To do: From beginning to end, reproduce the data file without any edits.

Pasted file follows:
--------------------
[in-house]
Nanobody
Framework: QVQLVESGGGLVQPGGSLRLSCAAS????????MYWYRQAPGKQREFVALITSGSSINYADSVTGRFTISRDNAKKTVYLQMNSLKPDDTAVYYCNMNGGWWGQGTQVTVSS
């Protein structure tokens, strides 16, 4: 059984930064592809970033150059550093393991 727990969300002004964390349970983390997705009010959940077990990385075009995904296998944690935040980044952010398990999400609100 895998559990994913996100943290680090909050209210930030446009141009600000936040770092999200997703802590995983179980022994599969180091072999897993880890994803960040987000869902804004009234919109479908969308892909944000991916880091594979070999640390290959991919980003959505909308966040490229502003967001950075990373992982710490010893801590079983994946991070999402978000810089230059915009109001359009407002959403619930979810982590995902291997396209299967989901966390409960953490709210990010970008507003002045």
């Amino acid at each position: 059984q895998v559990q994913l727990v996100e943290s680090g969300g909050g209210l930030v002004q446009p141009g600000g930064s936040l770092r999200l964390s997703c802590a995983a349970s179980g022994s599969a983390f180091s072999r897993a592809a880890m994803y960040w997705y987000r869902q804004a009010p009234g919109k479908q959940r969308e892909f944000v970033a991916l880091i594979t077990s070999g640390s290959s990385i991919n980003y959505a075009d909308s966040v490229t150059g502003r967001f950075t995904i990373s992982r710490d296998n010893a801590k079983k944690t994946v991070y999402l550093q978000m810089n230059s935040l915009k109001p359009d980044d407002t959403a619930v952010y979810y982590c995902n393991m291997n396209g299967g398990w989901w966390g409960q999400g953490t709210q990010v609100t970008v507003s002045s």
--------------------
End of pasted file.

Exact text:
[in-house]
Nanobody
Framework: QVQLVESGGGLVQPGGSLRLSCAAS????????MYWYRQAPGKQREFVALITSGSSINYADSVTGRFTISRDNAKKTVYLQMNSLKPDDTAVYYCNMNGGWWGQGTQVTVSS
């Protein structure tokens, strides 16, 4: 059984930064592809970033150059550093393991 727990969300002004964390349970983390997705009010959940077990990385075009995904296998944690935040980044952010398990999400609100 895998559990994913996100943290680090909050209210930030446009141009600000936040770092999200997703802590995983179980022994599969180091072999897993880890994803960040987000869902804004009234919109479908969308892909944000991916880091594979070999640390290959991919980003959505909308966040490229502003967001950075990373992982710490010893801590079983994946991070999402978000810089230059915009109001359009407002959403619930979810982590995902291997396209299967989901966390409960953490709210990010970008507003002045």
């Amino acid at each position: 059984q895998v559990q994913l727990v996100e943290s680090g969300g909050g209210l930030v002004q446009p141009g600000g930064s936040l770092r999200l964390s997703c802590a995983a349970s179980g022994s599969a983390f180091s072999r897993a592809a880890m994803y960040w997705y987000r869902q804004a009010p009234g919109k479908q959940r969308e892909f944000v970033a991916l880091i594979t077990s070999g640390s290959s990385i991919n980003y959505a075009d909308s966040v490229t150059g502003r967001f950075t995904i990373s992982r710490d296998n010893a801590k079983k944690t994946v991070y999402l550093q978000m810089n230059s935040l915009k109001p359009d980044d407002t959403a619930v952010y979810y982590c995902n393991m291997n396209g299967g398990w989901w966390g409960q999400g953490t709210q990010v609100t970008v507003s002045s």